that of a 1937 incident ("year two" on the AA calendar)

involving an

Akron member that is discussed in the Tradition Three essay in the

12and12 and who was the one who plunged into 12th Step work (pgs

141-142).


1946 Grapevine
April, the Grapevine carried Bill W's article "Twelve Suggested

Points


for AA Tradition." They would later be called the long form of the

Twelve Traditions. (AACOA viii, 96, 203, LOH 20, 154)


1947 Grapevine
December, the Grapevine carried a notice that an important new 48-page

pamphlet titled AA Traditions was sent to each group and that enough

copies were available for each member to have one free of charge.
1949
As plans for the first International Convention were under way, Earl T

suggested to Bill W that the "Twelve Suggested Points for AA

Tradition" would benefit from revision and shortening. (AACOA 213 says

it occurred in 1947) Bill, with Earl's help, set out to develop the

short form of the Twelve Traditions. (AACOA 213, PIO 334)
November, the short form of the Twelve Traditions was first printed in

the AA Grapevine. The entire issue was dedicated to the Traditions in

preparation for the forthcoming Cleveland Convention. Two wording

changes were subsequently made to the initial version of the short

form of the Traditions: "primary spiritual aim" was changed to

"primary purpose" in Tradition 6, and "principles above

personalities"

was changed to "principles before personalities" in Tradition

12. (LOH

96) The date that these changes were adopted is difficult to determine

precisely and appears to have occurred with the publication of the

book "Twelve Steps and Twelve Traditions" in 1953.


1950
AA's 15th anniversary and 1st International Convention took place at

Cleveland, OH from July 28-30, 1950 (AACOA 43, LOH 121, PIO 338). Bill

W chronicled the proceedings in a September 1950 Grapevine article

titled "We Came of Age" which is preserved in the book

"The Language

of the Heart." (LOH 117-124)


The Traditions meeting of the Convention was held in the Cleveland

Music Hall. Bill W was asked to sum up the 12 Traditions for the

attendees. Bill did not recite either the short or long form of the

Traditions as we know them today or as they were first published.

Instead he paraphrased and summarized a variation of the Traditions

that is preserved in the book "The Language of the Heart" (LOH

121).

Following Bill's summation, he asked if anyone had any objections to



the 12 Traditions of Alcoholics Anonymous. Hearing none he offered the

Traditions for adoption. The attendees unanimously approved their

adoption by standing vote.
Bill later noted in "AA Comes of Age" (AACOA 213) "It was

a fine hour

in that month of July 1950. Alcoholics Anonymous had passed it

fifteenth milestone; its Second Legacy of Tradition was secure."


1952
In September, Al-Anon Family Groups adopted and adapted the Twelve

Traditions of AA. The version of the Traditions they used was the

original wording of the short form of the Traditions that appeared in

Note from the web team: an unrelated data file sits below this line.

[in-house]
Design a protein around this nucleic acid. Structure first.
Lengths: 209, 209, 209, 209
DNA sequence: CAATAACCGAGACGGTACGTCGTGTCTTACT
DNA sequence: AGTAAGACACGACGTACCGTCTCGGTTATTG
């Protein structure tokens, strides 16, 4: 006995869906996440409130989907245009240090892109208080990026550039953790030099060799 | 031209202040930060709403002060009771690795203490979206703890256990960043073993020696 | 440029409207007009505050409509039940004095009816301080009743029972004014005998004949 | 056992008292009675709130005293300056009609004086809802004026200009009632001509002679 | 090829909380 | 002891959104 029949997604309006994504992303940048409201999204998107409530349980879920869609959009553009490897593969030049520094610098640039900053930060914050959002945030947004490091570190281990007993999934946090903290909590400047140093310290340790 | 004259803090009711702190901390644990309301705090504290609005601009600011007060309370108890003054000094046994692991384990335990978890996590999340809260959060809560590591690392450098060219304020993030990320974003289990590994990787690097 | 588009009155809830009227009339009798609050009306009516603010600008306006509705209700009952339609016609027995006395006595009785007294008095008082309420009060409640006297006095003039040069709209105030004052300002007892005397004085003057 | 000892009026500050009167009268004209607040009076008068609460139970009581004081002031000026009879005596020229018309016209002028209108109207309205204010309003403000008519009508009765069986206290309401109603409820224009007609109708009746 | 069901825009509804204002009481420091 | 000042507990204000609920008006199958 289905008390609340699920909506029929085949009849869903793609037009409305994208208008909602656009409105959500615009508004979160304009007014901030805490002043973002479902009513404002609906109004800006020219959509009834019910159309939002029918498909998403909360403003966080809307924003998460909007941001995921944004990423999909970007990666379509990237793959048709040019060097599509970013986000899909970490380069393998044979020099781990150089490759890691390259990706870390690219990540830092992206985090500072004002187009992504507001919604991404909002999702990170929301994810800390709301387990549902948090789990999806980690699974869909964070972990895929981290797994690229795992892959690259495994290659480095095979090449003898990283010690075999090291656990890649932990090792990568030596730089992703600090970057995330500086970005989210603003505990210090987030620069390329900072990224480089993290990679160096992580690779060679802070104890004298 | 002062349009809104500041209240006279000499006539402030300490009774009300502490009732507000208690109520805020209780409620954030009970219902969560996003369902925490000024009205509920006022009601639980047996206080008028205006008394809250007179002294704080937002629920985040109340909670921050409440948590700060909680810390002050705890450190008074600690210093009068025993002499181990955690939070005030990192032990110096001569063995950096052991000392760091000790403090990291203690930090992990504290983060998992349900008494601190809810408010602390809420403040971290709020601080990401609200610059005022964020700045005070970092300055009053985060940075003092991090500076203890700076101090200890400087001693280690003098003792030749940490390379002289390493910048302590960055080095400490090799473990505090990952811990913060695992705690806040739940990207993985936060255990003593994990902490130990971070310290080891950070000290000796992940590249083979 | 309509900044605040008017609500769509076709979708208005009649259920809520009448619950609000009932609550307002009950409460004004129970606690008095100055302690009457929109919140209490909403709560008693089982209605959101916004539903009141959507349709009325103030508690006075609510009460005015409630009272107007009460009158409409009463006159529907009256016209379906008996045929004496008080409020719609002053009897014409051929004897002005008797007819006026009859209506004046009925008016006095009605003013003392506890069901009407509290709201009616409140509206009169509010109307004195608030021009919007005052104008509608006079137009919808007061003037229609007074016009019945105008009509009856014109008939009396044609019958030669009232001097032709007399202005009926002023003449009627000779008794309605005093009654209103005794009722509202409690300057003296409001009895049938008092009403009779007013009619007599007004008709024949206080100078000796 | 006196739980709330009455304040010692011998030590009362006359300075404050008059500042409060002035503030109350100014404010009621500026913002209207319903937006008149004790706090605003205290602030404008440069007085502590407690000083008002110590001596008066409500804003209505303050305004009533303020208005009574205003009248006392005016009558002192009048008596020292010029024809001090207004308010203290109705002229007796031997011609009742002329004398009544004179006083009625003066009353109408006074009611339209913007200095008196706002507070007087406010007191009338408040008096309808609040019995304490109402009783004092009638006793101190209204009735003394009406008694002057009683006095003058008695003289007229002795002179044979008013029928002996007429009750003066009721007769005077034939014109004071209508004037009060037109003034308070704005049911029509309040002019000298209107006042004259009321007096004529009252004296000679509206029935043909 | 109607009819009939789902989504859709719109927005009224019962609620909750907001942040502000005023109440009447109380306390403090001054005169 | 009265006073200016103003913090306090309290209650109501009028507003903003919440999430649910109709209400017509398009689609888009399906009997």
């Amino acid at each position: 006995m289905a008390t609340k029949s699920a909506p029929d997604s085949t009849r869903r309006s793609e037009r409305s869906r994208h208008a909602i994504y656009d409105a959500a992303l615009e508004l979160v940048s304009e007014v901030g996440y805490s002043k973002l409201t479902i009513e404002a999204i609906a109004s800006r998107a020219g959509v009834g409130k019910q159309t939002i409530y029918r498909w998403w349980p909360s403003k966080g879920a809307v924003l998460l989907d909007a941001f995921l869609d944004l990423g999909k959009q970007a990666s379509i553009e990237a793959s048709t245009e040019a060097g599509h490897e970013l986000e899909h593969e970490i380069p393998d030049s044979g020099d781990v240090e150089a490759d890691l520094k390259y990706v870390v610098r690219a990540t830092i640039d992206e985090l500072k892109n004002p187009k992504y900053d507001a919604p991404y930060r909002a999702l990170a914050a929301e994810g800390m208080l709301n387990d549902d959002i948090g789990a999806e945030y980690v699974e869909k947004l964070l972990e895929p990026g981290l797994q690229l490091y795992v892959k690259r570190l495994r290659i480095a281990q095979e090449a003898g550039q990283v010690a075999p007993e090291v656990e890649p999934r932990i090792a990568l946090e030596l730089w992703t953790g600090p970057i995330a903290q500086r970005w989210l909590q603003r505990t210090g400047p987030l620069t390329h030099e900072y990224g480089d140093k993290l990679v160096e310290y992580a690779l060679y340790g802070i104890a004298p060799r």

the November 1949. AFG Traditions continue to use the term "primary

spiritual aim" as opposed to "primary purpose" in

Tradition 6, and the

term "principles above personalities" as opposed to

"principles before

personalities" in Tradition 12.
1953
June, the book Twelve Steps and Twelve Traditions was published. Bill

W described the work as "This small volume is strictly a textbook

which explains AA's 24 basic principles and their application, in

detail and with great care." Betty L and Tom P helped Bill in its

writing. Jack Alexander also helped with editing. It was published in

two editions: one for $2.25 ($15.50 today) for distribution through AA

groups, and a $2.75 ($19 today) edition distributed through Harper and

Brothers for sale in commercial bookstores. (AACOA ix, 219, PIO

354-356)
1955
July 1-3, AA's 20th anniversary and 2nd International Convention at St

Louis, MO. Theme: Coming of Age. (AACOA viii, SM S2) Bill W claimed

attendance of 5,000. It was actually closer to 3,000. On July 3, by

resolution, Bill W and its old-timers turned over the stewardship of

the AA society to the movement. The Conference became the Guardian of

the Traditions and voice of the group conscience of the entire

Fellowship. The resolution was unanimously adopted by the Convention

by acclamation and was approved beforehand by the General Service

Conference subject to approval by the International Convention. (AACOA

ix, 47-48, 223-228) Note: this was one of two instances when the

Conference did not convene in NYC. The Conference first convened in St

Louis in late June and concluded on July 3.


The 2nd edition Big Book was introduced at the international

convention. 30 new personal stories were introduced. A new appendix

was added to the Big Book containing the short and long form of the 12

Traditions. During the 1950's there was confusion in this appendix

because it listed the short form of the Traditions that appeared in

the November 1949 Grapevine and not the version that was contained in

the 12and12 in 1953. Eventually, the wording of Tradition 6 was

corrected in the 3rd printing of the 2nd edition Big Book and the

wording of Tradition 12 was corrected in the 6th printing of the 2nd

edition Big Book in 1963.


1957 Conference Advisory Action